France/Germany/Stability and Growth Pact/treaty revision/G20
FRANCE/GERMANY/STABILITY AND GROWTH PACT/TREATY REVISION/G20
THE PRESIDENT – I’d like to say how pleased I am once again to be welcoming Chancellor Merkel to France. We’ve just jointly taken some decisions on the organization of Europe’s economic government. The financial crisis demonstrated the need to reform our procedures to correct our deficits and improve the coordination of our economic policies. So we’ve decided on a Franco-German proposal to achieve these objectives.
A State with an excessive public deficit which hasn’t taken the necessary corrective measures within six months would be penalized. The Council will also be able to decide by qualified majority to impose preventive sanctions if a State doesn’t sufficiently reduce its deficits.
We wanted shorter, more effective sanctions procedures, we wanted to safeguard the European Council’s central role; it’s the Council which has to decide, by qualified majority. We’d like these measures put in place swiftly and to this end we, Germany and France, will together sponsor a revision of the treaties, so that political sanctions can be imposed and the support mechanisms made long-term in order to ensure the Euro Area’s financial stability. Finally, we’re ready to ask Mr Van Rompuy to put a proposal to us for this treaty revision and suggest ways of involving the private sector.
In short, Germany and France consider that we have to take on board the consequences of the crisis which almost blew away the world. We want countries never again to find themselves in the same situation.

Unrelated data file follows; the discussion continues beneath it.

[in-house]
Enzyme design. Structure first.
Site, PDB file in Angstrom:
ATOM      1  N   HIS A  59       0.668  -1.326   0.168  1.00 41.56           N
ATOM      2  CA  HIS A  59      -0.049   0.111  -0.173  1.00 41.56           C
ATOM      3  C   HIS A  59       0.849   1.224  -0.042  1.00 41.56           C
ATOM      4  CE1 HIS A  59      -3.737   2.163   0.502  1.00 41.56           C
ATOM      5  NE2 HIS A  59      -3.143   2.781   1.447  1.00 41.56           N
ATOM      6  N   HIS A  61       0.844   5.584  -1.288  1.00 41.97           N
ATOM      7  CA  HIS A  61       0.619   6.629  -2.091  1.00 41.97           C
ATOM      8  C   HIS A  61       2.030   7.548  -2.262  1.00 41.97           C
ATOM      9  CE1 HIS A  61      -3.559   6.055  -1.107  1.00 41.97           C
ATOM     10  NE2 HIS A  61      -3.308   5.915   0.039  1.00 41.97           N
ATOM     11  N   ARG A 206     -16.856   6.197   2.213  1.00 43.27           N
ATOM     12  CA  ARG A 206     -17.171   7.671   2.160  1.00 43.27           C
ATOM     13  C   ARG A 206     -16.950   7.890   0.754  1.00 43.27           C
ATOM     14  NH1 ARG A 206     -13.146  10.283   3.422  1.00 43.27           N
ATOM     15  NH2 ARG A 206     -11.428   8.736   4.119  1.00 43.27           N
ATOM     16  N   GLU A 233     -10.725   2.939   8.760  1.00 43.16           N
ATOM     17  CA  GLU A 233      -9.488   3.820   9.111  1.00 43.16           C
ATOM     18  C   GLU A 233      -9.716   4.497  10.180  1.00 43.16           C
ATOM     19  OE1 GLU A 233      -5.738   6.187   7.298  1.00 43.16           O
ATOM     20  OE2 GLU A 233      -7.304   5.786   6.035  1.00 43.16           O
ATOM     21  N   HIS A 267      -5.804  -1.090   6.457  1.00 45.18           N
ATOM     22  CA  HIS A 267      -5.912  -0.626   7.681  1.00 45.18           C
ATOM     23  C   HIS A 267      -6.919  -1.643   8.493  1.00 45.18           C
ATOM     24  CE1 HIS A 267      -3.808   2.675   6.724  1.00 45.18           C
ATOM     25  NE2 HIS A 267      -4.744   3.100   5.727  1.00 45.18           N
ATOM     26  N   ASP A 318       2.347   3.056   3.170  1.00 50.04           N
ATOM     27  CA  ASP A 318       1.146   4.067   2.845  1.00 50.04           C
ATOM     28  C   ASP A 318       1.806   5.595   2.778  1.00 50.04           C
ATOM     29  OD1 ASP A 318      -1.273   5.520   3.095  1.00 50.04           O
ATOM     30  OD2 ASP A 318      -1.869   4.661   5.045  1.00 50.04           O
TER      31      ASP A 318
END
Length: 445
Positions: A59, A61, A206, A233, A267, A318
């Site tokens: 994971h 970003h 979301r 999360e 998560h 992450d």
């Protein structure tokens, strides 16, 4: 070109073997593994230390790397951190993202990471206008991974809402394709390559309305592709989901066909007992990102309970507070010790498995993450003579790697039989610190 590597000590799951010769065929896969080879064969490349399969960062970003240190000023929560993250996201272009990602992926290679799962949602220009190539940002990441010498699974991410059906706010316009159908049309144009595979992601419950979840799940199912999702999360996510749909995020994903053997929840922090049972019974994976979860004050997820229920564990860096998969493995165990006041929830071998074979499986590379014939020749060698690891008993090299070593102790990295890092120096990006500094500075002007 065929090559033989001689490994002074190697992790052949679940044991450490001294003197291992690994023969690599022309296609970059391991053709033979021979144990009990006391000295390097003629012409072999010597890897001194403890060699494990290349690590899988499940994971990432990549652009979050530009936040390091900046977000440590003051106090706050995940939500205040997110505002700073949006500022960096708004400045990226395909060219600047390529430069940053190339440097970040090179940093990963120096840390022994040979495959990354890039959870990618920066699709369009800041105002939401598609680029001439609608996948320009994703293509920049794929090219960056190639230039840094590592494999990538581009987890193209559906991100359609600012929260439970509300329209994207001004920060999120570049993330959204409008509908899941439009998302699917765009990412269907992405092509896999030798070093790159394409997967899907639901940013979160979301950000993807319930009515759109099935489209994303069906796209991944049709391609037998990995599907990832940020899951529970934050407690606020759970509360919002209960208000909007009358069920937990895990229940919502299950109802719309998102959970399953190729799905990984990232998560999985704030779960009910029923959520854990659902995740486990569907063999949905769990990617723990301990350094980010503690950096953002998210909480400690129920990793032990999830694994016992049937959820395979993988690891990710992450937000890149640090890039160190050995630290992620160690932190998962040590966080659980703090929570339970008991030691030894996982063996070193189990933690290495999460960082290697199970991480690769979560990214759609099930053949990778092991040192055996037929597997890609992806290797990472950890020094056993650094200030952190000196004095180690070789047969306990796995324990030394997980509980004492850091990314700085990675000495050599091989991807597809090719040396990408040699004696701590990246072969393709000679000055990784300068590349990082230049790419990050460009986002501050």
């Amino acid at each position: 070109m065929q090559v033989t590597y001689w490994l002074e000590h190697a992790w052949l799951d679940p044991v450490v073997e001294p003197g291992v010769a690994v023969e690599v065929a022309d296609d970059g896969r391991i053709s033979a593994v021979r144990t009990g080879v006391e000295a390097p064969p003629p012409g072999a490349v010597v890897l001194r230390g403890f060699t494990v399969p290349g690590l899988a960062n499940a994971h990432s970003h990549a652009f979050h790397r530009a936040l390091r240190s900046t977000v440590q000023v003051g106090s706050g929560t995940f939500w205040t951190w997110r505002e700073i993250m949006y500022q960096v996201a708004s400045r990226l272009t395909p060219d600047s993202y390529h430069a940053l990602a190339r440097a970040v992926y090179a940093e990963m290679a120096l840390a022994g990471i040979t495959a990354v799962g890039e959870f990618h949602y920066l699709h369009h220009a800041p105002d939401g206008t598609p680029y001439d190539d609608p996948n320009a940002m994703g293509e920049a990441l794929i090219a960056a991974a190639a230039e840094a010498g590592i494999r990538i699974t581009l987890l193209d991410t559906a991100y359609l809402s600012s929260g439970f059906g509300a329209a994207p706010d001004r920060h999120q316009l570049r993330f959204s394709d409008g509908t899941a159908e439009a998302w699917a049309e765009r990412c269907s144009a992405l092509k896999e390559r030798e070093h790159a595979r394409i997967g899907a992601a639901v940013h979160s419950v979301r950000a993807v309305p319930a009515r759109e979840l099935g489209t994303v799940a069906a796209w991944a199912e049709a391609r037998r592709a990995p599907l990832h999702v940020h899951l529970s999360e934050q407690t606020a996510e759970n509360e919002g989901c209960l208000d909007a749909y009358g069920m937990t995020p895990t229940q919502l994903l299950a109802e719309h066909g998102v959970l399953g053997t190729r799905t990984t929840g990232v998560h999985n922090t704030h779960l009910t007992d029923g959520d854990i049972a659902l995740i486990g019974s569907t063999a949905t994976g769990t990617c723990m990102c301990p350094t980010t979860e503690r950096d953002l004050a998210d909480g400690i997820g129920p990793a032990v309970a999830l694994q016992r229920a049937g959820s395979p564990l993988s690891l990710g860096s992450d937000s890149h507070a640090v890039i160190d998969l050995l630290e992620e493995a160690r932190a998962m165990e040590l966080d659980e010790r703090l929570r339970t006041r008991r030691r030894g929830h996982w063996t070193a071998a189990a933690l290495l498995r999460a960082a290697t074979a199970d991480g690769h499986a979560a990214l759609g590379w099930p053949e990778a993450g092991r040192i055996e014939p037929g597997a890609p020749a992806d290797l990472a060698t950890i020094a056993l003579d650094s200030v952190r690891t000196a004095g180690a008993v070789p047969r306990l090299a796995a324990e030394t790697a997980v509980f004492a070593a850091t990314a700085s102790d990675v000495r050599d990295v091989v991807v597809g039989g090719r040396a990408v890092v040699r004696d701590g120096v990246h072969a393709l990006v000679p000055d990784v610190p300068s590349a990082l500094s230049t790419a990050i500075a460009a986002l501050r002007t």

We have moved closer together to adopt common positions and will go on doing so all through the French G20 presidency – Angela Merkel and I have already begun working on this G20. Out of courtesy for our Korean friends who hold the current G20 presidency, we won’t talk in detail about our discussions, but throughout this G20 Germany and France will make joint proposals, act in concert and together lead on the three major priorities on the French presidency agenda, and particularly on the essential issue of the new international monetary order.
Q. – In a few minutes you’re going to have a meeting with the Russian President, Mr Medvedev, and you’re certainly going to talk about matters to do with security. How do you think you can convince Russia to participate in the NATO anti-missile shield?
THE PRESIDENT – I think the important word the Chancellor used is “confidence”. We both think that the Cold War is over, the Warsaw Pact is over, the Soviet Union is the past, and so the Russians are our friends and we want to be the Russians’ friends, that we have a lot of things to build together. And at the same time, there’s been the history of the 20th century in Europe. This history has been one of wars, clashes and of course this has created suspicion; it’s precisely why we agree, because Mrs Merkel and I share the view that the same risks and threats hang over Russia, Germany and France and that we’ve got far better things to do than oppose each other.
Q. – We’re on the eve of a fifth day of mobilization against the pension reform, the lycée protest seems to be continuing and some departments are having difficulties getting fuel supplies. How do you intend responding to this dispute?
THE PRESIDENT – Is this a question for Mrs Merkel or for me? I’m with Mrs Merkel, I’m expecting Mr Medvedev. You know how important the pension reform is for France’s pensioners and future pensioners. This reform is essential, France has committed herself to it. France will implement it as our German friends implemented a pension reform some years ago. It’s perfectly normal, and natural, for this to create concerns and opposition. It’s normal too, and natural, for a democratic government in a parliamentary democracy to ensure that drivers find petrol and that there are no clashes, because in a democracy clashes are never anything positive.